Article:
Ben Durham by Christopher Stackhouse

Submerged in the aging face lives the infant gaze, curiosity accompanying the always soft skin, which is even softer, more luxurious in our glistening elder years, laughter, sadness, 

BOMB 125 Fall 2013
BOMB 125
Durham 01

John, 2013, graphite text on handmade paper, 58 × 44 inches.

Submerged in the aging face lives the infant gaze, curiosity accompanying the always soft skin, which is even softer, more luxurious in our glistening elder years, laughter, sadness, unspeakable mysteries of love and loss and destruction and rejuvenating tendency are those constant silences that travel buoying surfaces before, beyond wondering, what might have been some kind of light fixture capturing breaking lead into freezing pulp, crystals falling into a cup around her mouth, just beneath his punctum water pushed forward, it is like more thanit is dull hurts excoriating each other for being similar, drinking from the same cup having escaped from and returned to comfortable prisons for familiar sleep in warm arms, limbs themselves not enough to be musicians, or poets, or parents of best sorts, or parents at all, all permitting a stroll through the park after midnight lit by centuries of returning moons, late night birds pausing, migrating, pausing, the whole thing in essence singing for survival, wishing before failure followed by birth details in frequent sense alphabetical distribution even earlier than given meaning, after so many small field moves that retell first agony, first pleasure, nothing particularly special to define individuals with breeze between them, otherwise known as affection, perhaps deprivation thereof, when spun out of laden text any various form that exists may be indistinguishable power, selfsame that determines how flower and replicas persist astonishing precedence into solidity of trying after, to duplicate is the first step in best efforts to reply in concert with isolation itself developing or flowering depending it might be said muteness is expressive, inarticulacy an assertive shape, in wood, stone, steel, ore, flesh as it were, matter, however it takes shape, speaks deciding by indecision, in turn, guiding hand to drum each circumambulatory round toward evening, sketching hover of the Luna moth at the end of her day to grace at rest, having crossed the bridge of facture in word into mouth as night in other tensions checking muscle, or river swim defying tide beneath constellation after myth choosing, things still die beautifully unlike anything that has died previously, perfection covers staggering heavens, disintegrating quartz, coral and particle, each some interim toward a smile caught in the silk netting that casts iridescence in triangular glow, those leaves teasing excretions of some undetermined material world manifests a thistle in a purple duvet as white as it wants to be blood stained made of, from, before and after persons, comes next disappearance into pressure filled joy returned smaller, more precious than a bubble and whatever air left inside, might it be enough to sustain further togetherness as seasonal winds blow buildings apart, push the kite higher, open sails to turbulent indices.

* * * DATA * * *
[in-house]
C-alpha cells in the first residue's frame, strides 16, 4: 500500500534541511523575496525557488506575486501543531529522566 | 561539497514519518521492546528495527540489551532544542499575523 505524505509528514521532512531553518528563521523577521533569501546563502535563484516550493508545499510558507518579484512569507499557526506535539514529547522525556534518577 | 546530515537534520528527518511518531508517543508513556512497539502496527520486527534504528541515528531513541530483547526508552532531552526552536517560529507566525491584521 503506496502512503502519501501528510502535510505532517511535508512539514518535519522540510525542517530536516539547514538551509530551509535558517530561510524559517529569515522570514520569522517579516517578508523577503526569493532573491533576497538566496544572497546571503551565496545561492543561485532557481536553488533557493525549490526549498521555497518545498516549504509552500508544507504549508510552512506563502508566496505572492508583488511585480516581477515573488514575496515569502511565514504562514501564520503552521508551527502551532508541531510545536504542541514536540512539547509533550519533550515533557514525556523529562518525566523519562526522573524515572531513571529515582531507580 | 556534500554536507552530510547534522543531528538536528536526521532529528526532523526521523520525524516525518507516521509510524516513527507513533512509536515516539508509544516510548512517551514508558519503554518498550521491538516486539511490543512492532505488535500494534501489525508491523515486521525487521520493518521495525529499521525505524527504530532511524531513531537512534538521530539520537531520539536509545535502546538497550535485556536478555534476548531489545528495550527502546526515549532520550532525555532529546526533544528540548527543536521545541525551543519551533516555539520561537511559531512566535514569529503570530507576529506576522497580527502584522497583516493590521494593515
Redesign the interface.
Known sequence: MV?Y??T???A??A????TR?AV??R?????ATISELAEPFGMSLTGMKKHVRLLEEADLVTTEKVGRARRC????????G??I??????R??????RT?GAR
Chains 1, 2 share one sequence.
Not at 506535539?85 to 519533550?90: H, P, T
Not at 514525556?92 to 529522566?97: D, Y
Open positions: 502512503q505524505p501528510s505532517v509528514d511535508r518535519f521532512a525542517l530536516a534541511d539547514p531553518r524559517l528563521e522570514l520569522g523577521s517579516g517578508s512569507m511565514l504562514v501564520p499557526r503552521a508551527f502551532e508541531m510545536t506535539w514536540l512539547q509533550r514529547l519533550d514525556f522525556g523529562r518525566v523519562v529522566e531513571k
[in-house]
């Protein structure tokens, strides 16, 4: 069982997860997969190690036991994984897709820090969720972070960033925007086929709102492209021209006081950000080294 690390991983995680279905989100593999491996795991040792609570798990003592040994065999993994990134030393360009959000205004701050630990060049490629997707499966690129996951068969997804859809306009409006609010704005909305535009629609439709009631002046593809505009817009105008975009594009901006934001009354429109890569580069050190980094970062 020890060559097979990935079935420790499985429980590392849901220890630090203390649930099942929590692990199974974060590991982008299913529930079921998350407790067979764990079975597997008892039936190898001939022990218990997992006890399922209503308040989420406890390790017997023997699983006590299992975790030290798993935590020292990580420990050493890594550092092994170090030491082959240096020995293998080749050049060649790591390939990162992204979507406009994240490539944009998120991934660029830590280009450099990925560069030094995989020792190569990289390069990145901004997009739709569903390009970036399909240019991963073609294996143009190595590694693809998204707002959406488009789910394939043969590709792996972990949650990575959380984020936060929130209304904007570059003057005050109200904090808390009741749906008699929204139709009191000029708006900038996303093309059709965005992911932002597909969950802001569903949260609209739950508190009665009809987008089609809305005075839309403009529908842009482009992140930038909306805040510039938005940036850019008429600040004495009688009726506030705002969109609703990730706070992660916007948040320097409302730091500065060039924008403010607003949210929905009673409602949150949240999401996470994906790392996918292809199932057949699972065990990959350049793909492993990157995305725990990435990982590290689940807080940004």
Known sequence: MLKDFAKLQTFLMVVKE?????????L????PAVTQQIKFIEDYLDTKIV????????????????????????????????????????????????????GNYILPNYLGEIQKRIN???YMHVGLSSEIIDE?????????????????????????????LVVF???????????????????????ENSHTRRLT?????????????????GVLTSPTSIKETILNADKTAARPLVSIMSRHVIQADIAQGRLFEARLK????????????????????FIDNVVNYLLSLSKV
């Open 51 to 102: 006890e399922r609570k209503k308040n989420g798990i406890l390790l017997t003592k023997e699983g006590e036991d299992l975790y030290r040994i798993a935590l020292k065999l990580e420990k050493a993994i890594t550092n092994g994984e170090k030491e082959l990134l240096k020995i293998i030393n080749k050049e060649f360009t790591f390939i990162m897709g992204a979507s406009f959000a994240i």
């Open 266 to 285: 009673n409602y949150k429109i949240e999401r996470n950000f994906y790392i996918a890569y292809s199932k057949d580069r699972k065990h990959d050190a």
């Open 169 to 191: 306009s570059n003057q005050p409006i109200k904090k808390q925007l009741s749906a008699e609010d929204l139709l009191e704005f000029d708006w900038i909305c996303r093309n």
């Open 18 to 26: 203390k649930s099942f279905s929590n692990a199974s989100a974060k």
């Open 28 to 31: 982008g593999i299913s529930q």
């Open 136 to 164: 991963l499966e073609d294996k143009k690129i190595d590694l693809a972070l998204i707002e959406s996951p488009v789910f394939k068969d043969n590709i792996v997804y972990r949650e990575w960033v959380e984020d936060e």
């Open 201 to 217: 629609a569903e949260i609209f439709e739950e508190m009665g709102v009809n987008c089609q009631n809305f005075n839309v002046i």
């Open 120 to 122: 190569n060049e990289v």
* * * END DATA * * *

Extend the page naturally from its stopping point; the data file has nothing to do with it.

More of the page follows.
Durham 3

Ashley, 2012, graphite text on handmade paper, 58 × 44 inches. Images courtesy of the artist and Nicole Klagsbrun Gallery, New York. Photos by Christopher Burke Studios.

—Christopher Stackhouse is a founding member of the artists’ collective This Red Door. He is the author of the collection of poems Plural (Counterpath Press), and co-author of Seismosis(1913 Press), which features his drawings with text by writer John Keene.

Originally published in

BOMB 125, Fall 2013

Featuring interviews with Amy Sillman, Paulo Bruscky, Steve Roden and Stephen Vitiello, Gonçalo M. Tavares, Rodrigo Rey Rosa, Ben Rivers, Julia Holter, and My Barbarian.  

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BOMB 125